The more favorable economic outlook should result in further growth in global demand for cars in 2014. From today’s perspective, demand is expected to rise by a rate of 4 to 5%.
The Chinese market should once again make the biggest contribution to global market growth. Following the strong increase in the previous year, further expansion of the car market by approximately 10% should be possible. The US market is also likely to grow. Although its growth will probably be more moderate than in 2013, the US market volume should expand to about 16 million passenger cars and light trucks – a volume that was last reached in 2007 before the worldwide financial crisis.
After significant contraction of the overall Western European car market lasting several years, we expect a hesitant market recovery in 2014. Thanks to the continued reduction of risks from the sovereign debt crisis and a slight economic revival, an improvement of the demand situation is anticipated in some major markets. Demand should revive again somewhat also in Germany.
Demand for cars in Japan is expected to fall, however. This has less to do with the economic outlook than with the increase in value-added tax planned for April. Considerable volumes of purchases were therefore brought forward to the second half of 2013, so a market correction is to be expected this year.
In the major emerging markets (except China), another weak demand situation is anticipated following the weak market development of last year. The Russian market should be slightly larger than in the previous year and we expect a moderate recovery of the car market in India.
After the world market for medium- and heavy-duty trucks expanded slightly in 2013 despite difficult market conditions, further moderate growth is expected this year. But market developments will continue to differ significantly from one region to another.
In the NAFTA region, we anticipate significant market growth of up to 10% due to the increasingly dynamic economy. Decreasing uncertainty with regard to fiscal policy should be a factor contributing towards the gradual end of the lack of demand in the market over the coming months.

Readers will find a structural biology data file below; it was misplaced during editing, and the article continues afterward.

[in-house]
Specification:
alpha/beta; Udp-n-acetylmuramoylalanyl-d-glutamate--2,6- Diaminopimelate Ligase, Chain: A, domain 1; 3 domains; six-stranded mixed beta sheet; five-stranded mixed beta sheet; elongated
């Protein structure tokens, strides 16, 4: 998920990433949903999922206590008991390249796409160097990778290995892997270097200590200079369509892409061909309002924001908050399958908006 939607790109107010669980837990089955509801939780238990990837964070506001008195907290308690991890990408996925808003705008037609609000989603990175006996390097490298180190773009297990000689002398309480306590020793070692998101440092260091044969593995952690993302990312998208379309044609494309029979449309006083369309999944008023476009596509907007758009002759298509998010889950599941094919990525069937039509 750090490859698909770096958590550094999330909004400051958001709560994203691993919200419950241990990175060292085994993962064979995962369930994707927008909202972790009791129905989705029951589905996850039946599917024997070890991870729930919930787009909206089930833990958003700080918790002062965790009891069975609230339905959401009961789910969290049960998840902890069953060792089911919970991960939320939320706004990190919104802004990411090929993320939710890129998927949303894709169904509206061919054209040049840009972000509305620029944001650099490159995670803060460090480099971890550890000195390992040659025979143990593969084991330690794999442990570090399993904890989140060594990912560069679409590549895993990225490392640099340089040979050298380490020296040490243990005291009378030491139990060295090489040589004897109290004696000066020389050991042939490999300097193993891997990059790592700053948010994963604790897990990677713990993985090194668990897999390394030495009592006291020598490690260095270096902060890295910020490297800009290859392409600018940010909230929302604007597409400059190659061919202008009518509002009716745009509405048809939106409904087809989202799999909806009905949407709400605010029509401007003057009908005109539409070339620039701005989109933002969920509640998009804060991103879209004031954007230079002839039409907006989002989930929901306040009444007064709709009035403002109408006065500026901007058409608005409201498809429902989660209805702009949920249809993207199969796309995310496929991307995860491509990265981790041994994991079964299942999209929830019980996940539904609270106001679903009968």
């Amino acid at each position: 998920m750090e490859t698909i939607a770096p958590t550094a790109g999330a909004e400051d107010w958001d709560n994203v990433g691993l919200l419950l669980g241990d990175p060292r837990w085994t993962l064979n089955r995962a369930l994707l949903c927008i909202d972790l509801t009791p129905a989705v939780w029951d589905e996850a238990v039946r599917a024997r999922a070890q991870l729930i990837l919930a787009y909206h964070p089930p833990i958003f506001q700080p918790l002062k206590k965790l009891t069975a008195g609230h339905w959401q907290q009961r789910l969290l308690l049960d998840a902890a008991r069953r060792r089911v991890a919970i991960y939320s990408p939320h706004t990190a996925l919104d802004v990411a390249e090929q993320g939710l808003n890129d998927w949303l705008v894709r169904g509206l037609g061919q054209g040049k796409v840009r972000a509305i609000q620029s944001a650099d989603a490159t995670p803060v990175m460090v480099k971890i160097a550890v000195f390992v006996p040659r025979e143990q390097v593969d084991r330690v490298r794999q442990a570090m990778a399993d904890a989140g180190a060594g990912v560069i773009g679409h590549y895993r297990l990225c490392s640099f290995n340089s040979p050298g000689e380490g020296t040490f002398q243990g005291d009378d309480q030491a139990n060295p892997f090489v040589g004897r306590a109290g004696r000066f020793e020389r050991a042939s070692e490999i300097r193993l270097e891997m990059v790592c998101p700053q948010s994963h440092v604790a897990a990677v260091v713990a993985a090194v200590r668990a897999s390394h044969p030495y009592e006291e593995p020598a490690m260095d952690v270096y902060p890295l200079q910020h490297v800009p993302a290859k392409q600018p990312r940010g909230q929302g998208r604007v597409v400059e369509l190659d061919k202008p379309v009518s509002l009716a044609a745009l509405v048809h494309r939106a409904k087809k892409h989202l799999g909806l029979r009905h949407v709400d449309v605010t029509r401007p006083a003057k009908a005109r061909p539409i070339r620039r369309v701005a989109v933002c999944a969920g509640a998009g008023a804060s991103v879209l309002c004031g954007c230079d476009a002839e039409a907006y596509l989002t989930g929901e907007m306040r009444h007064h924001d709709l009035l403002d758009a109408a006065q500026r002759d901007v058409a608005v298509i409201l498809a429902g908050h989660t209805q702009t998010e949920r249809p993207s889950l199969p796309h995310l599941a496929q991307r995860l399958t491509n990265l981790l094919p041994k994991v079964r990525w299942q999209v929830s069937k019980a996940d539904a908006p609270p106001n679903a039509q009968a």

The development of the European market in recent months was primarily affected by the introduction of the Euro VI emission standards. Purchases brought forward had a very positive influence on demand towards the end of 2013. Recently, however, this special effect has started to subside. Developments during the rest of 2014 will depend in particular on the extent to which the economic revival in Europe can offset the negative impact of the purchases brought forward. From today’s perspective, we expect the market volume for the full year to be slightly below the level of 2013.
Ongoing economic stimuli and an expansive monetary policy should continue to have a positive effect on the Japanese truck market in 2014; slight growth is anticipated for light-, medium- and heavy-duty trucks overall. The Brazilian market for medium- and heavy-duty trucks is likely to be just below the prior-year level, primarily due to the below-average development of investment activity and somewhat less favorable financing conditions. In Russia, demand for trucks is likely to recover slightly. The Indian market should stabilize after the significant losses of the previous years. China, the world’s biggest market for trucks, should post moderate growth.
Overall, we anticipate stable demand for medium-sized and large vans in Europe in 2014, whereby market developments will differ greatly in the various countries. Also for small vans, we expect to see a market volume in Europe in the magnitude of the previous year. For the United States, we anticipate a significant increase in demand in the market for large vans in 2014. In Latin America, the market for large vans should also continue to expand, and we anticipate a further revival of demand also in China in 2014.
We expect a slightly larger market volume for buses in Western Europe in 2014 than in 2013. In Latin America, we anticipate stable demand for buses. The market for buses in Brazil should remain at a good level in view of the upcoming soccer World Cup in 2014.